Tuesday, April 3, 2012

How to write realistic action scenes

Carson wrote:

How do I write an action scene that is both realistic and exciting?

Hi Carson,
You asked how to write believable action scenes. I do great action (or so I've been told) and the best advice I can offer you is watch action films and Youtube fight videos --they will help to give you a visual frame of reference. When I write action scenes, I plan them out and then go over them, frame by frame,  as if I'm watching and pausing an action movie in my mind. Then I deliver a very clear description of what is happening in the story and who it's happening to. Here's an example from my completed novel, The First:
            She took a deep, slow breath and a step back. “Don’t touch me.” Drunk or sober, Sanford was an asshole but at least when he was sober he had slightly better judgment. As it stood, it looked like someone was getting their bell rung. And it wasn’t going to be her. She shifted her body into a defensive stance, ready for a fight.
            He smiled. “Whaddya gonna do,” he sneered and closed the gap between them. “Shoot me?” He drilled his pointer into the center of her chest again. Okay, asshole. Game on.
            She snatched his finger off her chest and bent it back until she heard the pop. Sanford howled and swung wildly with his free arm. She blocked the blow with her forearm and gave him a hard crack in the nose with her elbow. Stunned, he tried to stumble back but the grip she had on his finger kept him tethered. She delivered a face-crushing head-butt that drew blood and he swung again, this time clipping her in the side of the head. Pain shot through her temple but it was fleeting. He’d always been sloppy in a fight but what he lacked in skill, he more than made up for in blind rage. Once he started swinging, he wouldn’t stop until he was put down. Hard.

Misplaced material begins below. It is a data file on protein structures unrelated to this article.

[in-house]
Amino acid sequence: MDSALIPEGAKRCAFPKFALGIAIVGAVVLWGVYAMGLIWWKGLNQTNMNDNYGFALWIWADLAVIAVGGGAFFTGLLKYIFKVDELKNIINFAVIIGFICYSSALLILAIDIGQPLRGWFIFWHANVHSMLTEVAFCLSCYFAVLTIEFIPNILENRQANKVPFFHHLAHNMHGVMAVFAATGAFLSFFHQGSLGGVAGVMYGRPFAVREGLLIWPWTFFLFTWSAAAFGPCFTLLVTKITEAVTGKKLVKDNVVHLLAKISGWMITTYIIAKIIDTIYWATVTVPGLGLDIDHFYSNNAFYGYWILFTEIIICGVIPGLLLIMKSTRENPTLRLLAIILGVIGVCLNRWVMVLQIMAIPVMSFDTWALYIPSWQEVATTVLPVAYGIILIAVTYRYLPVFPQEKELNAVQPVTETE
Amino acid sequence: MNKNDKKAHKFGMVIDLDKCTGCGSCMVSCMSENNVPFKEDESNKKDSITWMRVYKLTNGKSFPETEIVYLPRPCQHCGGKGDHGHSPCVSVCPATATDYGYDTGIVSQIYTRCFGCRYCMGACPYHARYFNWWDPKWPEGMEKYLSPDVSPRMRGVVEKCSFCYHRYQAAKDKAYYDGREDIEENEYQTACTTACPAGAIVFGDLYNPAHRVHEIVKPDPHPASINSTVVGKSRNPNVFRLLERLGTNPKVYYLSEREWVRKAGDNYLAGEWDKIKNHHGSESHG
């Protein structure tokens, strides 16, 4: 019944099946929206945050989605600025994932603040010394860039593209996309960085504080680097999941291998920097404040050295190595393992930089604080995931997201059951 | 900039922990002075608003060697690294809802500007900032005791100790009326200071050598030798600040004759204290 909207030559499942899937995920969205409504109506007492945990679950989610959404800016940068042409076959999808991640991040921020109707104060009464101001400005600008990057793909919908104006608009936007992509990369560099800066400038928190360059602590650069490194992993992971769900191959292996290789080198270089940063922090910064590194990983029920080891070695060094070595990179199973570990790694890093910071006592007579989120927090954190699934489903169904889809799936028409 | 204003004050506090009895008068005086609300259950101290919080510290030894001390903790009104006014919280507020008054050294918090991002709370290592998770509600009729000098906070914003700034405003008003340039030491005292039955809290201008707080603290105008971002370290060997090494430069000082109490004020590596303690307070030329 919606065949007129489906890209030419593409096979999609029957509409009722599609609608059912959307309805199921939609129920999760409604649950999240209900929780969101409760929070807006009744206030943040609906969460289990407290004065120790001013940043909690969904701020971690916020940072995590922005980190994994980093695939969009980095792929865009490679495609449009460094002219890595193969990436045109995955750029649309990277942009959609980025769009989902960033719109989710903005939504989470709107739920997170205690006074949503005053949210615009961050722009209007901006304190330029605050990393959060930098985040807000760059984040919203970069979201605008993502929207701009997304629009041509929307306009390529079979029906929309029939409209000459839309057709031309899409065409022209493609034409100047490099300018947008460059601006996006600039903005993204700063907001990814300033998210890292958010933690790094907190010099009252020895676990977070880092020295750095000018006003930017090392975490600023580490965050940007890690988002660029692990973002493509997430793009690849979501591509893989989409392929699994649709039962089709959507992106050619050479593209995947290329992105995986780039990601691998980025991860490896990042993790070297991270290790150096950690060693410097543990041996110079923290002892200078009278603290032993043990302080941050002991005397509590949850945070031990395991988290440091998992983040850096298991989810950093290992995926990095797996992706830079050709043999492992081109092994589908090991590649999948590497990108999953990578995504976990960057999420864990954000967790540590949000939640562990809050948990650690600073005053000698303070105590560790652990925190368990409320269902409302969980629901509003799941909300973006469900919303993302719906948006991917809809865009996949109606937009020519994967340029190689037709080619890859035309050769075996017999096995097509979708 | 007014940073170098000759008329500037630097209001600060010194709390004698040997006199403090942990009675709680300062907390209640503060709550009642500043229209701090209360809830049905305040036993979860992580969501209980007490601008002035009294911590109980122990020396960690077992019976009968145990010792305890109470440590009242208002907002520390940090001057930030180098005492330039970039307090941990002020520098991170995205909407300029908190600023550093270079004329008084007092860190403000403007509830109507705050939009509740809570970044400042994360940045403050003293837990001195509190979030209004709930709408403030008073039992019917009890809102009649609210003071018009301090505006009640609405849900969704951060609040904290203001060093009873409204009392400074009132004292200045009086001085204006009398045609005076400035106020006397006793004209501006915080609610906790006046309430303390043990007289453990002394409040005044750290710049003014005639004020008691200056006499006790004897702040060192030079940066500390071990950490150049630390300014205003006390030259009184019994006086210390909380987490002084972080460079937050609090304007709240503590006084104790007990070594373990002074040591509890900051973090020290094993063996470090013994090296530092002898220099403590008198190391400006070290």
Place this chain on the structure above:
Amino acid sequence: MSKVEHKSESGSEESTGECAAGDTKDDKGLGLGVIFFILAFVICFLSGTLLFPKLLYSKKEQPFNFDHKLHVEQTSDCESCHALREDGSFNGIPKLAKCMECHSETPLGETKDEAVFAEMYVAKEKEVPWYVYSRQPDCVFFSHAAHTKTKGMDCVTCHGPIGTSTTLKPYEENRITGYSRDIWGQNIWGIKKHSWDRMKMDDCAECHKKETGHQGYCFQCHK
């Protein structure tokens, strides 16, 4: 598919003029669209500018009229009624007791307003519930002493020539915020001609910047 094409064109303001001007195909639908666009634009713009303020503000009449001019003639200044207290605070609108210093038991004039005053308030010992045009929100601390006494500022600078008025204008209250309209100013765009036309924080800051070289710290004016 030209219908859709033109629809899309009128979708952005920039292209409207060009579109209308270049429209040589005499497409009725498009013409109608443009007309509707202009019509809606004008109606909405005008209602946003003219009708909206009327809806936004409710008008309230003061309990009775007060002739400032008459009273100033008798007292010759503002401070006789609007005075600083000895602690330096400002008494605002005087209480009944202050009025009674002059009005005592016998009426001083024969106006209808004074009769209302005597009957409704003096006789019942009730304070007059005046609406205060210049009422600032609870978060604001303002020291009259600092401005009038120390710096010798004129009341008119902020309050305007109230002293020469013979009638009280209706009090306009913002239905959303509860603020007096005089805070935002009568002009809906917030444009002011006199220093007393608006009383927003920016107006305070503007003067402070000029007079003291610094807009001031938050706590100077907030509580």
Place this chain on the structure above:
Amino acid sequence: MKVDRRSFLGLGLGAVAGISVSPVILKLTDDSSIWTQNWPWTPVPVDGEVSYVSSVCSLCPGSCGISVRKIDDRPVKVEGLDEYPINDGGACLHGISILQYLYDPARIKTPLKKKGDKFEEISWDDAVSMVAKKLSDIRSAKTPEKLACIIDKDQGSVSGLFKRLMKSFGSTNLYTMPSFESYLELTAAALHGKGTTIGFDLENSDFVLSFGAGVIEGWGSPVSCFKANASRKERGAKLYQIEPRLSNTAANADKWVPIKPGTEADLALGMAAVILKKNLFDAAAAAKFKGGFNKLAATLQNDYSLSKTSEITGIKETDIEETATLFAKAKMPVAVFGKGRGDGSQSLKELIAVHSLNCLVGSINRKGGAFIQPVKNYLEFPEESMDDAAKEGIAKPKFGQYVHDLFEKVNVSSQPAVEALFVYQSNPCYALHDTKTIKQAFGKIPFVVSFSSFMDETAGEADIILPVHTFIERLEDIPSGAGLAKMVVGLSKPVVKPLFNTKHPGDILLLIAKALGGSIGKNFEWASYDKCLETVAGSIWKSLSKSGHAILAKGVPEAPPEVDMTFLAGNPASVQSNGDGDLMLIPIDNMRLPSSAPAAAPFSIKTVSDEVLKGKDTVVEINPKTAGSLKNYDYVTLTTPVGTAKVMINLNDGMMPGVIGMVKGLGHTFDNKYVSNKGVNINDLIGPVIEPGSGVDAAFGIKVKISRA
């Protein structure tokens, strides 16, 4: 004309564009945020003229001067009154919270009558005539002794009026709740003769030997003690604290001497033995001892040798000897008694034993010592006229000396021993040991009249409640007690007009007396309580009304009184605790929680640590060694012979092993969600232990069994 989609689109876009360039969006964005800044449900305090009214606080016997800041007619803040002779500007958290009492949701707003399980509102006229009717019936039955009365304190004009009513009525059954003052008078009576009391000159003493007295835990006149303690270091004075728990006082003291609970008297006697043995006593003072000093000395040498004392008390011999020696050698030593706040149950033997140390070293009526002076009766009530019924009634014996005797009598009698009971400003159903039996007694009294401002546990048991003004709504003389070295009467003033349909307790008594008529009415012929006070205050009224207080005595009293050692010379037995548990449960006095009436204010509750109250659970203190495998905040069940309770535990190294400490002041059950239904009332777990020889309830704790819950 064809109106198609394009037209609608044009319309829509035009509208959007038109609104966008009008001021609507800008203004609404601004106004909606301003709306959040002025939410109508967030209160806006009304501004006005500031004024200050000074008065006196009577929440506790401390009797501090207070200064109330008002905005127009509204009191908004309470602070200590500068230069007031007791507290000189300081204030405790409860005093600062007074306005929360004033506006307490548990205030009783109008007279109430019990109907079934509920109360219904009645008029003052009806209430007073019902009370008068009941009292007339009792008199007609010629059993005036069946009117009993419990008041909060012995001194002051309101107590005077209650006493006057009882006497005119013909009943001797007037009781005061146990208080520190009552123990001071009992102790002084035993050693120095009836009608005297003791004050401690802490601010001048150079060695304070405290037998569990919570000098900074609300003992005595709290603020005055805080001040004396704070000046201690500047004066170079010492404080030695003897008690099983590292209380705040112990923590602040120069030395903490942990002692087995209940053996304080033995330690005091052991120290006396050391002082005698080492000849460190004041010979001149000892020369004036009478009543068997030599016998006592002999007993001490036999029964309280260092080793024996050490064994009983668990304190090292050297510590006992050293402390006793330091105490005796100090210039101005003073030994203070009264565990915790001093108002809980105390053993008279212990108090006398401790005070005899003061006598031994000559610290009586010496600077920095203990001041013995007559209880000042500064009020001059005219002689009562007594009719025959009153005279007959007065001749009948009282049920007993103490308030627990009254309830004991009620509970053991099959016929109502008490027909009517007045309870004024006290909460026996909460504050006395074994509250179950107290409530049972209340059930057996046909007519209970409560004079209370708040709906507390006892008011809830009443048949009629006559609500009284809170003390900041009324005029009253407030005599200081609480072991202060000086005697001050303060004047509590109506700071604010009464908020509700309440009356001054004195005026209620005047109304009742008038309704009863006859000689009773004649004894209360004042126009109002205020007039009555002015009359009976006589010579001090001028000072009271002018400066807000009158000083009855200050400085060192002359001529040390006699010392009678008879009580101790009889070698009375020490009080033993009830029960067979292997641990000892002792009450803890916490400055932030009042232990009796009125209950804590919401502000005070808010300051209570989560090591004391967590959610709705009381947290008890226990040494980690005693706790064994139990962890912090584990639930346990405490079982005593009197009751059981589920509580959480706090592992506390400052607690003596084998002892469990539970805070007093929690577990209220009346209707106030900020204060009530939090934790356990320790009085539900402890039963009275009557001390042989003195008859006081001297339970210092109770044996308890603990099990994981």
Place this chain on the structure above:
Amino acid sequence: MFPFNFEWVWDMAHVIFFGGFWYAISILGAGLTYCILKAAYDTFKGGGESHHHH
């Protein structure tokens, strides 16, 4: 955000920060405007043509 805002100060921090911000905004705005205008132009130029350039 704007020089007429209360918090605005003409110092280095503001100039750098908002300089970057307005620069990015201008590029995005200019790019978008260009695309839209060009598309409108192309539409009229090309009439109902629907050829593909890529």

He caught her in the ribs with a ham-handed jab that stole her breath. Using the grip she had on his finger like a rudder, she shoved him backward, jerking him to the side before she let go. The force, and the fact he smelled like he was sweating pure booze, sent him stumbling away from her and she used the time and space it created to shed her jacket.
            As soon as it hit the ground, Sanford zeroed in on her SIG. He stood a few feet away, cradling his abused finger, dripping blood all over her cobblestone walkway. Instead of giving him second thoughts, the sight of her gun seemed to give him hope.

Here's another:

                “I’m not gonna shoot you. I’m gonna beat you stupid.” She closed the distance between them, leading with her knee and he instinctively moved to block. She dropped it at the last second and caught him in the face with a right-cross that gave the gift of stars. Adrenaline surged, triggered by the blow.
            Slammed back into the dresser, surprise was fleeting. He circled around, gauging her excellent stance and flawless technique. “I don’t want to hurt you,” he said, surprised that he actually meant it.